Alcoholism is a disease in which the individual develops a physical and psychological dependency on alcohol. Treating the physical dependency is one of the most vitally important aspects of addiction treatment; much of the success of future stages of a patient’s treatment hinges on the successful treatment of the physical addiction. This is done during a detox program. Most inpatient rehab facilities offer on-site detox programs but it can also be performed at a hospital. Medically supervised detoxes allow patients to detox safely while receiving round-the-clock support from psychological counselors and medical staff. This ensures the patients remain safe and healthy while they go through detox and can move successfully into the next phase of their treatment.
Alcohol Withdrawal During Detox
When detox begins, patients will experience withdrawal symptoms. When a person is physically dependent on a substance, it means their body has learned to function biochemically with that substance present. When the substance is removed, the body is sent into shock and internal systems are thrown off. It is then that withdrawal symptoms are experienced. Withdrawal symptoms are often most severe in the early stages of detox and then gradually become more mild as the body regulates itself without the substance present.
These are some examples of mild to moderate physical withdrawal symptoms:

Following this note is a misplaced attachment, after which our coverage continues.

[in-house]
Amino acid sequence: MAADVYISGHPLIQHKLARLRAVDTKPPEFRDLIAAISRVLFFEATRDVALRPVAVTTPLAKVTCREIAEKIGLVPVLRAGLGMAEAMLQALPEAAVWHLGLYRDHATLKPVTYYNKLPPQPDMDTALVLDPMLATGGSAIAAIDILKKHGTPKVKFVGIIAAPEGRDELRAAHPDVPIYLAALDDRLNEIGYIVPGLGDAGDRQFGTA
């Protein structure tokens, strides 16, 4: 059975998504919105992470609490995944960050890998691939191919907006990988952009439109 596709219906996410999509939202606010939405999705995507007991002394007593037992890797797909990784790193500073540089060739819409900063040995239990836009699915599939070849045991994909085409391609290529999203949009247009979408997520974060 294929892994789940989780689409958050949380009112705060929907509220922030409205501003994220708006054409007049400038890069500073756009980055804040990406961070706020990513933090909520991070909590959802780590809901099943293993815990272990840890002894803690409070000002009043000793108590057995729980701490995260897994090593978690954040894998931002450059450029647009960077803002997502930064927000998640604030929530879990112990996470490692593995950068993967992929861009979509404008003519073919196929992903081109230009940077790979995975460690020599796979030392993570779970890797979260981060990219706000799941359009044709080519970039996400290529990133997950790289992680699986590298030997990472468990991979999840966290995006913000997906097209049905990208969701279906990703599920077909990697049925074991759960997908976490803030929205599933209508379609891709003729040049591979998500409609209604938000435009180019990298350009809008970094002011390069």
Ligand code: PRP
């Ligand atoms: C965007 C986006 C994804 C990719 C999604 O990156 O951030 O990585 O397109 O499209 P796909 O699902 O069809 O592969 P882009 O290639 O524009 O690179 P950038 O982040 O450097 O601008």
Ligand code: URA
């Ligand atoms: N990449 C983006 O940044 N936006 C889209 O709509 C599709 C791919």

- Sweating, particularly the palms of the hands and the face
- Loss of appetite
- Heart palpitations
- Dilated pupils
Types of Medically Supervised Detox
There are two primary types of detox treatment a patient can receive at rehab.
- Natural Detox. In a natural detox, patients experience their withdrawal symptoms completely while under the careful supervision of medical staff. Patients are made comfortable during detox but receive no additional pharmaceutical aids during the treatment.
- Medical Detox. In a medical detox, patients receive pharmaceuticals to reduce their withdrawal symptoms. Methadone is a common drug used in medical detoxes, particularly for heroin and opiate addictions. The pharmaceuticals used in a medical detox are designed to replace the drugs or alcohol in the patients body so they do not experience full-fledged withdrawal symptoms. Gradually, the dosage is reduced until the medication is no longer required. Some patients opt for medical detox while others have it recommended to them by their doctors. Doctors recommend this type of program for someone with a severe physical addiction or for a patient at risk for life-threatening withdrawal symptoms. One risk of medical detox is that a small number of patients will become addicted to the prescribed pharmaceutical. As with natural detox, patients are carefully monitored during a medical detox to ensure their safety.
Finding a Detox Program
If you or a loved one is considering struggling with addiction, please call our toll-free number. Our trained counselors can answer any questions you have and help find a medically supervised detox and rehab program that fits your needs.